How social media sounded the death knell for super-skinny models

Since the discovery of Kate Moss in the 1990s, the fashion world has seemed at times to be obsessed with super-skinny models. More worryingly, many young girls and women have taken her famous mantra “nothing tastes as good as skinny feels” far too far, starving themselves in order to achieve the “perfect body” peddled unashamedly by many fashion brands.

But we all know that this is not the real world – and that such images are photoshopped. So why worry? And after all, we have the “curvy” Kardashians now – so is the day of the super–skinny model over?

Sadly not. Many fashion brands are still promoting super-skinny models and – worryingly – research by the British Attitudinal Studies revealed that 47% of us believe that our success is influenced by what we look like. Will this just get worse given the amplification that social media offers such messages?

Or can social media offer a unique opportunity to challenge the prevailing view that success is based on conforming to the “thin body ideal”, as demonstrated by Tess Holliday, a UK size-26 model who shot to fame when she was signed to MiLK Model Management in 2015.

Tess Holliday on Instagram.

A brave new body

Holliday started the viral #effyourbeautystandards movement on Instagram in 2013, which brought her to the attention of Anna Shillinglaw of MiLK, a model agency which promotes diversity in the US.

Holliday was hailed as a breakthrough – a plus–size model appearing in mainstream glossy media magazines such as Marie Claire – and trumpeted as a successful woman championing body diversity. Surely, then, her case is a testament to the importance of social media – in fact, Shillinglaw acknowledged that Holliday’s influential social media following was part of the reason she signed her.

Holliday appeared to act as a catalyst for conversations about the legitimacy of the “plus–size” label and seemed to spawn a revolution in non–traditional models appearing in magazines. Model Ashley Graham appeared on the front cover of the Sports Illustrated Swimwear Edition in 2016 and more recently on the cover of British Vogue. Her message was a powerful signal that change might be in the air.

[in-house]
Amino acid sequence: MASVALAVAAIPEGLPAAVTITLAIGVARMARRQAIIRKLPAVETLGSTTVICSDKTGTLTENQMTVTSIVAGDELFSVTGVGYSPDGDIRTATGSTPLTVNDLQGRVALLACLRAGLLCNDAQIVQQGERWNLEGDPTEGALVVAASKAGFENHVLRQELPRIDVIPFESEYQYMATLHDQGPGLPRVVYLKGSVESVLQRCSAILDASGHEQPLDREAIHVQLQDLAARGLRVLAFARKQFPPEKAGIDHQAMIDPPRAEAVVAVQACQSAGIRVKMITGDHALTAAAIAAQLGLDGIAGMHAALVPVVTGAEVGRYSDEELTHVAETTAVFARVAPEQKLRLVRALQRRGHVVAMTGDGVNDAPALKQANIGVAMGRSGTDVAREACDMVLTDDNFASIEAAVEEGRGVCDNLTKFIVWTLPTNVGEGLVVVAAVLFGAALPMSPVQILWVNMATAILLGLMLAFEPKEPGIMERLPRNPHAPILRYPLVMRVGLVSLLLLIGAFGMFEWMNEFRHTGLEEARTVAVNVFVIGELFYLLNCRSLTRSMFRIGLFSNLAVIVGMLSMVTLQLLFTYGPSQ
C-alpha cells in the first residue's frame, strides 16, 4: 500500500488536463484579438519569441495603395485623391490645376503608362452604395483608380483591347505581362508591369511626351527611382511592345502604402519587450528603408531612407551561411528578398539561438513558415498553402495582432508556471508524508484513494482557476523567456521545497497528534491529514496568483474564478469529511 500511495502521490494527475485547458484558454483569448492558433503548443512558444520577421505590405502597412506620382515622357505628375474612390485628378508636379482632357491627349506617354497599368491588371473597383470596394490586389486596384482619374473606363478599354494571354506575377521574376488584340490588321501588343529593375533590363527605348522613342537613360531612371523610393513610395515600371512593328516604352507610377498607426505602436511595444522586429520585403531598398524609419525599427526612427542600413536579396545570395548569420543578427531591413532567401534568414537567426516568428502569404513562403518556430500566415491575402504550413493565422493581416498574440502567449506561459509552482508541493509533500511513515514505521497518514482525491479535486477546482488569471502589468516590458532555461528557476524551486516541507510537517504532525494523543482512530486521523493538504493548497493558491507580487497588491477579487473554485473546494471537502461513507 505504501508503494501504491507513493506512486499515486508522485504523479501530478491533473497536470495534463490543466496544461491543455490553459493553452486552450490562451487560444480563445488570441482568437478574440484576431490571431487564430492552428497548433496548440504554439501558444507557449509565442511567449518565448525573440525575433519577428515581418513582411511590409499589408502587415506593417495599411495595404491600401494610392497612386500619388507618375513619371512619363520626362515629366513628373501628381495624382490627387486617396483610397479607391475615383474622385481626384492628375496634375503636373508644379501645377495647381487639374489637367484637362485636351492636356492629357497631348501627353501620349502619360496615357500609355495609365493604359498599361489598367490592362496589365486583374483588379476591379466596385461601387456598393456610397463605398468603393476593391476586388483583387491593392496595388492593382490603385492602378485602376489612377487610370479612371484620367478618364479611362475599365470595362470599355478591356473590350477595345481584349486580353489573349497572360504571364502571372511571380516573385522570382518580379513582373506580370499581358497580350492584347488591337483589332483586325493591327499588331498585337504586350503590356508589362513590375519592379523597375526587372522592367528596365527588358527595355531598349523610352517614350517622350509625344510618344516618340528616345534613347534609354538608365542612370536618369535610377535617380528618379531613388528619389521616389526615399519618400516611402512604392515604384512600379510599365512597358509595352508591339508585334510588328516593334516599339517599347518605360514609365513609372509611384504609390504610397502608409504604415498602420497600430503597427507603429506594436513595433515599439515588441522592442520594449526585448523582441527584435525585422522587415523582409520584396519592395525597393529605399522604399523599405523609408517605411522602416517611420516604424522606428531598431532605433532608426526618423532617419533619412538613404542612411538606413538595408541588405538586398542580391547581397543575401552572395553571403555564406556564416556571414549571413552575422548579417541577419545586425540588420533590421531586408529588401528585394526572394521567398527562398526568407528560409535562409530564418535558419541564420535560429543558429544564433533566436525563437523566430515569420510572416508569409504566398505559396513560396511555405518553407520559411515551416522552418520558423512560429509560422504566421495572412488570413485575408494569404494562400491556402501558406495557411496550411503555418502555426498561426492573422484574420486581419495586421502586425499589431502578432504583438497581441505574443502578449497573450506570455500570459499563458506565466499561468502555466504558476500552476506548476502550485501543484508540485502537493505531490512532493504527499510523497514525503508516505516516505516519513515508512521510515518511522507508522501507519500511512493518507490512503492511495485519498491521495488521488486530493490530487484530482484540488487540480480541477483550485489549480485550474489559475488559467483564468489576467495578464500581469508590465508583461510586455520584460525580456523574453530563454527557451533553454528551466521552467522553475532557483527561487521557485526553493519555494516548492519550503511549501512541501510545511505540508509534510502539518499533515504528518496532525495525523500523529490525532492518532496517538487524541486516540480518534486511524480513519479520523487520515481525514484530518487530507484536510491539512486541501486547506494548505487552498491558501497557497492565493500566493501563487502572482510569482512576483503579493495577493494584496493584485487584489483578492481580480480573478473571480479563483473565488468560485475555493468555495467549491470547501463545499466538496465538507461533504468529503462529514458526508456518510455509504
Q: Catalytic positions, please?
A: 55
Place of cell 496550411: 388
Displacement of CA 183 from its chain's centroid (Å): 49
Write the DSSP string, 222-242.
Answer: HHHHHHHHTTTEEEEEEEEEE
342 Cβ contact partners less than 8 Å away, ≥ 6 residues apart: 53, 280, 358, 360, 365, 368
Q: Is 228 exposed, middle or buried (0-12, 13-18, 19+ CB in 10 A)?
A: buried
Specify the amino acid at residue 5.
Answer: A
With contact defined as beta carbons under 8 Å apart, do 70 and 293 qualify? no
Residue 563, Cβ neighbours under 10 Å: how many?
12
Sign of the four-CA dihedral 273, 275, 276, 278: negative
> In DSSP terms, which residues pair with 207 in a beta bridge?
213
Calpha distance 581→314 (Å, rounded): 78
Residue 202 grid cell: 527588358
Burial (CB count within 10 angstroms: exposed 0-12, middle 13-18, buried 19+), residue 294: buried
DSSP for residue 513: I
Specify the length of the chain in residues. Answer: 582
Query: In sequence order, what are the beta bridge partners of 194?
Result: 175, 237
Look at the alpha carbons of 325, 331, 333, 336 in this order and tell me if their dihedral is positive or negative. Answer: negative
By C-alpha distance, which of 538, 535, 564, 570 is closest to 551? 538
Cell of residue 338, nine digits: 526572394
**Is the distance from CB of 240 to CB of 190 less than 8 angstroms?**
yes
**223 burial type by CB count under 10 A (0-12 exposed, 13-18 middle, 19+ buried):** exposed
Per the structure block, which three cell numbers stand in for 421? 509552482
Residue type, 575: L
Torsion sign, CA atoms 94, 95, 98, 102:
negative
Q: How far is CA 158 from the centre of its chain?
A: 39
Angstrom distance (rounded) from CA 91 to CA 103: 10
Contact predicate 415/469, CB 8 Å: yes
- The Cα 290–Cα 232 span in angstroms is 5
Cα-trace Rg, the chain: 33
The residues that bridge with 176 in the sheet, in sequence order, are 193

As Graham said in 2016: “No one should be labeled by their body size at all”, a view echoed by Kate Upton, a more conventional-sized model who endorsed this view with an Instagram post, congratulating Graham “for understanding the importance of empowering all body types!”.

Kate Upton on Instagram.

If the tide is changing in favour of more diverse body types in the fashion and media worlds, then this might also explain the move by many brands to embrace more “real” models. In 2015, designer Marc Jacobs cast his S/S campaign using 11 models selected entirely from social media snaps uploaded to the Instagram page #castmemarc.

US lingerie brand, Aerie, also ran a successful campaign in 2014 using untouched models to “challenge supermodel standards for women”. This campaign was significant as its target demographic as young women aged 15-21 who most typically are influenced negatively by idealised images of perfect bodies in the media.

This campaign led to a 32% increase in sales, which perhaps explains the interest of many brands, including sportswear leader, Nike – which now seems to be promoting more inclusive, body-positive campaigns.

Nike’s Instagram page.

Women today

However, the young woman of today is media–savvy and can recognise brands that seem to be jumping on the bandwagon. They are not afraid to use the power of social media to call out brands they feel are inauthentic, as Calvin Klein discovered last year when some of the media described Myla Dalbesio as “plus-size”, even though CK themselves denied they made the claims.

Research we carried out with fashion marketing students at Nottingham Trent University uncovered a desire for brands to promote images that reflected greater diversity and signalled that they felt this would lead to greater brand trust and longer-lasting consumer relationships. The media and brands are waking up to this due to the ever-increasing influence of the blogger and vlogger.

There was a greater diversity of real-life models in 2016 – or “nodels” (non-models) – on the catwalk. Models with a range of disabilities have appeared in Diesel’s ad campaigns and real women have replaced models in British Vogue.

Though these may be seen as token gestures, social media does appear to have the power to champion a change in attitudes by locating the discourse more firmly with the consumer. And judging by social media reaction to Khloe Kardashian’s Good American jeans, which featured a cast including real women, bloggers and celebs modelling a new jeans range for those with curvy bottoms, it’s not just super-skinny that sells.

Good American on Instagram.

So it seems there is still some way to go before we see a real revolution, but if the power of social media can be harnessed by consumers and collectives such as #effyourbeautystandards then more brands will start to take note – and curves may well be here to stay.

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